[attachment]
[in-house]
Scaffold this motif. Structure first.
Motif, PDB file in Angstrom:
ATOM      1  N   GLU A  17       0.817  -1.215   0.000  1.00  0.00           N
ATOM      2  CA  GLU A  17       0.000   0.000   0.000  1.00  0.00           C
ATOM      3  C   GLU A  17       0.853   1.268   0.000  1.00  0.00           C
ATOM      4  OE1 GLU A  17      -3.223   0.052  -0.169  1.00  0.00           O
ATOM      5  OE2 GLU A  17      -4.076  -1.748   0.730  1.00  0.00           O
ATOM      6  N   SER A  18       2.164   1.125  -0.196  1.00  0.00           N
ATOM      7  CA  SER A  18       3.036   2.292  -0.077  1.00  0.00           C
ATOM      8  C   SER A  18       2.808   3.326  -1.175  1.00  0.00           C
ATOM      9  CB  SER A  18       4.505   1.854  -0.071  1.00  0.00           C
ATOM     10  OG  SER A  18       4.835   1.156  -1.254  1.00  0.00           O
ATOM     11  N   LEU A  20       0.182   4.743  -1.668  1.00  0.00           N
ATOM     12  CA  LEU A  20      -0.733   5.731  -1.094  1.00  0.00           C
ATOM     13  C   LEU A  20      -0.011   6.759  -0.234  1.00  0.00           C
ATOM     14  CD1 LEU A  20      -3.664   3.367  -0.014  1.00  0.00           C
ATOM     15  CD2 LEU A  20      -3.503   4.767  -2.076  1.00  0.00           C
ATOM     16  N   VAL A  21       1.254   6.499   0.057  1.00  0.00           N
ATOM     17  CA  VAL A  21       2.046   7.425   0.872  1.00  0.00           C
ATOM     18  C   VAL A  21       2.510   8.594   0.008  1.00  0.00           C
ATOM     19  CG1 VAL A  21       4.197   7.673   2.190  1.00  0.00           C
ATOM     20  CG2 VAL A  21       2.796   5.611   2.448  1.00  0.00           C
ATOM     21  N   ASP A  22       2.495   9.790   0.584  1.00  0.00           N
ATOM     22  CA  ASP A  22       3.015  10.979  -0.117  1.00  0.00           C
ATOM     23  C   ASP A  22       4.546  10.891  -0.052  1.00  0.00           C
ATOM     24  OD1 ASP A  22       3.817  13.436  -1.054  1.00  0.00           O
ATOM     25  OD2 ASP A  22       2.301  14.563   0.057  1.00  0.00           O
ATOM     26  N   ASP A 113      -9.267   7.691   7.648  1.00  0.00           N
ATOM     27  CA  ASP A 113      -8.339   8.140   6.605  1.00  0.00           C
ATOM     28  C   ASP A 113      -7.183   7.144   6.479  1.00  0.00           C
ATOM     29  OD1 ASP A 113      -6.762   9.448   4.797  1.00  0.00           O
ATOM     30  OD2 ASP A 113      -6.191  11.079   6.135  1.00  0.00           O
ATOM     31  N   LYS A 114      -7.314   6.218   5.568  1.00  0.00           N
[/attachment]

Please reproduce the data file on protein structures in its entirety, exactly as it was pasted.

[in-house]
Scaffold this motif. Structure first.
Motif, PDB file in Angstrom:
ATOM      1  N   GLU A  17       0.817  -1.215   0.000  1.00  0.00           N
ATOM      2  CA  GLU A  17       0.000   0.000   0.000  1.00  0.00           C
ATOM      3  C   GLU A  17       0.853   1.268   0.000  1.00  0.00           C
ATOM      4  OE1 GLU A  17      -3.223   0.052  -0.169  1.00  0.00           O
ATOM      5  OE2 GLU A  17      -4.076  -1.748   0.730  1.00  0.00           O
ATOM      6  N   SER A  18       2.164   1.125  -0.196  1.00  0.00           N
ATOM      7  CA  SER A  18       3.036   2.292  -0.077  1.00  0.00           C
ATOM      8  C   SER A  18       2.808   3.326  -1.175  1.00  0.00           C
ATOM      9  CB  SER A  18       4.505   1.854  -0.071  1.00  0.00           C
ATOM     10  OG  SER A  18       4.835   1.156  -1.254  1.00  0.00           O
ATOM     11  N   LEU A  20       0.182   4.743  -1.668  1.00  0.00           N
ATOM     12  CA  LEU A  20      -0.733   5.731  -1.094  1.00  0.00           C
ATOM     13  C   LEU A  20      -0.011   6.759  -0.234  1.00  0.00           C
ATOM     14  CD1 LEU A  20      -3.664   3.367  -0.014  1.00  0.00           C
ATOM     15  CD2 LEU A  20      -3.503   4.767  -2.076  1.00  0.00           C
ATOM     16  N   VAL A  21       1.254   6.499   0.057  1.00  0.00           N
ATOM     17  CA  VAL A  21       2.046   7.425   0.872  1.00  0.00           C
ATOM     18  C   VAL A  21       2.510   8.594   0.008  1.00  0.00           C
ATOM     19  CG1 VAL A  21       4.197   7.673   2.190  1.00  0.00           C
ATOM     20  CG2 VAL A  21       2.796   5.611   2.448  1.00  0.00           C
ATOM     21  N   ASP A  22       2.495   9.790   0.584  1.00  0.00           N
ATOM     22  CA  ASP A  22       3.015  10.979  -0.117  1.00  0.00           C
ATOM     23  C   ASP A  22       4.546  10.891  -0.052  1.00  0.00           C
ATOM     24  OD1 ASP A  22       3.817  13.436  -1.054  1.00  0.00           O
ATOM     25  OD2 ASP A  22       2.301  14.563   0.057  1.00  0.00           O
ATOM     26  N   ASP A 113      -9.267   7.691   7.648  1.00  0.00           N
ATOM     27  CA  ASP A 113      -8.339   8.140   6.605  1.00  0.00           C
ATOM     28  C   ASP A 113      -7.183   7.144   6.479  1.00  0.00           C
ATOM     29  OD1 ASP A 113      -6.762   9.448   4.797  1.00  0.00           O
ATOM     30  OD2 ASP A 113      -6.191  11.079   6.135  1.00  0.00           O
ATOM     31  N   LYS A 114      -7.314   6.218   5.568  1.00  0.00           N